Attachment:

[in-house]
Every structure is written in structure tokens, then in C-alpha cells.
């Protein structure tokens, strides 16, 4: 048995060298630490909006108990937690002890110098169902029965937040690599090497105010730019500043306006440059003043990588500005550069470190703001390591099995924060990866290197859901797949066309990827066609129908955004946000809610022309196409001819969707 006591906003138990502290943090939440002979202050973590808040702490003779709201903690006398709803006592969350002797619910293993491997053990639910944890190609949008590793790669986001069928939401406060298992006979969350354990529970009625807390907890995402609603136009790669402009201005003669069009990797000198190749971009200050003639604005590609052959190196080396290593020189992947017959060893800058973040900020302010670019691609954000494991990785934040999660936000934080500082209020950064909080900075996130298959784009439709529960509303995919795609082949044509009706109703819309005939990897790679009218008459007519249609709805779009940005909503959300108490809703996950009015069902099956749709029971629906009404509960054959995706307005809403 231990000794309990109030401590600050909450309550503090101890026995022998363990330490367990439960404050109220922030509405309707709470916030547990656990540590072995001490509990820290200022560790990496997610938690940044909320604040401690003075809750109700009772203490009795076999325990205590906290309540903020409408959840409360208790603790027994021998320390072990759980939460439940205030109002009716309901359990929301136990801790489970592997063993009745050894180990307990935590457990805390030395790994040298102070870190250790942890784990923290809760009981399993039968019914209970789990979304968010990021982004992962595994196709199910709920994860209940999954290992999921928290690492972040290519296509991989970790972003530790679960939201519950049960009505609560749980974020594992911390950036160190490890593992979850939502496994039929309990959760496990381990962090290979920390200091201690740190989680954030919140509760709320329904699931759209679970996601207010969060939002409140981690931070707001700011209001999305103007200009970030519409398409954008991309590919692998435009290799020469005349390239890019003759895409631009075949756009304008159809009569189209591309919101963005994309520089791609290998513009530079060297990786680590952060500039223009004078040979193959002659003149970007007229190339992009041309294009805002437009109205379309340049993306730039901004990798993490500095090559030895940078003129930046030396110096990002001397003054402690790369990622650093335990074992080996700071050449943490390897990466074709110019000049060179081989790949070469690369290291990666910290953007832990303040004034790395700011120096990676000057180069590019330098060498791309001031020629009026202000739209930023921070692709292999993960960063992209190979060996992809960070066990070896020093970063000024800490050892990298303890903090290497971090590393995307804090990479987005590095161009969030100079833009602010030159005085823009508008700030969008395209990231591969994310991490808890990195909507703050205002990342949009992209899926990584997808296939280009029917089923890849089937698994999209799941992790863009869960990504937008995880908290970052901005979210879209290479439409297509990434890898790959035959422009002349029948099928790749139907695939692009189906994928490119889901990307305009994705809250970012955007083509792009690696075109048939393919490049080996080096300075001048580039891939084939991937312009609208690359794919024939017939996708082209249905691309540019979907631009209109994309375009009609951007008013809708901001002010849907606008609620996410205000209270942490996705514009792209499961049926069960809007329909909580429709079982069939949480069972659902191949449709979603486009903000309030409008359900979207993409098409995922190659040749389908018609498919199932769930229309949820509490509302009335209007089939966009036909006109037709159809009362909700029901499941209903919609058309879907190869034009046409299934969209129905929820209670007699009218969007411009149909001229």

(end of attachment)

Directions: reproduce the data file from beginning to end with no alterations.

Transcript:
[in-house]
Every structure is written in structure tokens, then in C-alpha cells.
């Protein structure tokens, strides 16, 4: 048995060298630490909006108990937690002890110098169902029965937040690599090497105010730019500043306006440059003043990588500005550069470190703001390591099995924060990866290197859901797949066309990827066609129908955004946000809610022309196409001819969707 006591906003138990502290943090939440002979202050973590808040702490003779709201903690006398709803006592969350002797619910293993491997053990639910944890190609949008590793790669986001069928939401406060298992006979969350354990529970009625807390907890995402609603136009790669402009201005003669069009990797000198190749971009200050003639604005590609052959190196080396290593020189992947017959060893800058973040900020302010670019691609954000494991990785934040999660936000934080500082209020950064909080900075996130298959784009439709529960509303995919795609082949044509009706109703819309005939990897790679009218008459007519249609709805779009940005909503959300108490809703996950009015069902099956749709029971629906009404509960054959995706307005809403 231990000794309990109030401590600050909450309550503090101890026995022998363990330490367990439960404050109220922030509405309707709470916030547990656990540590072995001490509990820290200022560790990496997610938690940044909320604040401690003075809750109700009772203490009795076999325990205590906290309540903020409408959840409360208790603790027994021998320390072990759980939460439940205030109002009716309901359990929301136990801790489970592997063993009745050894180990307990935590457990805390030395790994040298102070870190250790942890784990923290809760009981399993039968019914209970789990979304968010990021982004992962595994196709199910709920994860209940999954290992999921928290690492972040290519296509991989970790972003530790679960939201519950049960009505609560749980974020594992911390950036160190490890593992979850939502496994039929309990959760496990381990962090290979920390200091201690740190989680954030919140509760709320329904699931759209679970996601207010969060939002409140981690931070707001700011209001999305103007200009970030519409398409954008991309590919692998435009290799020469005349390239890019003759895409631009075949756009304008159809009569189209591309919101963005994309520089791609290998513009530079060297990786680590952060500039223009004078040979193959002659003149970007007229190339992009041309294009805002437009109205379309340049993306730039901004990798993490500095090559030895940078003129930046030396110096990002001397003054402690790369990622650093335990074992080996700071050449943490390897990466074709110019000049060179081989790949070469690369290291990666910290953007832990303040004034790395700011120096990676000057180069590019330098060498791309001031020629009026202000739209930023921070692709292999993960960063992209190979060996992809960070066990070896020093970063000024800490050892990298303890903090290497971090590393995307804090990479987005590095161009969030100079833009602010030159005085823009508008700030969008395209990231591969994310991490808890990195909507703050205002990342949009992209899926990584997808296939280009029917089923890849089937698994999209799941992790863009869960990504937008995880908290970052901005979210879209290479439409297509990434890898790959035959422009002349029948099928790749139907695939692009189906994928490119889901990307305009994705809250970012955007083509792009690696075109048939393919490049080996080096300075001048580039891939084939991937312009609208690359794919024939017939996708082209249905691309540019979907631009209109994309375009009609951007008013809708901001002010849907606008609620996410205000209270942490996705514009792209499961049926069960809007329909909580429709079982069939949480069972659902191949449709979603486009903000309030409008359900979207993409098409995922190659040749389908018609498919199932769930229309949820509490509302009335209007089939966009036909006109037709159809009362909700029901499941209903919609058309879907190869034009046409299934969209129905929820209670007699009218969007411009149909001229």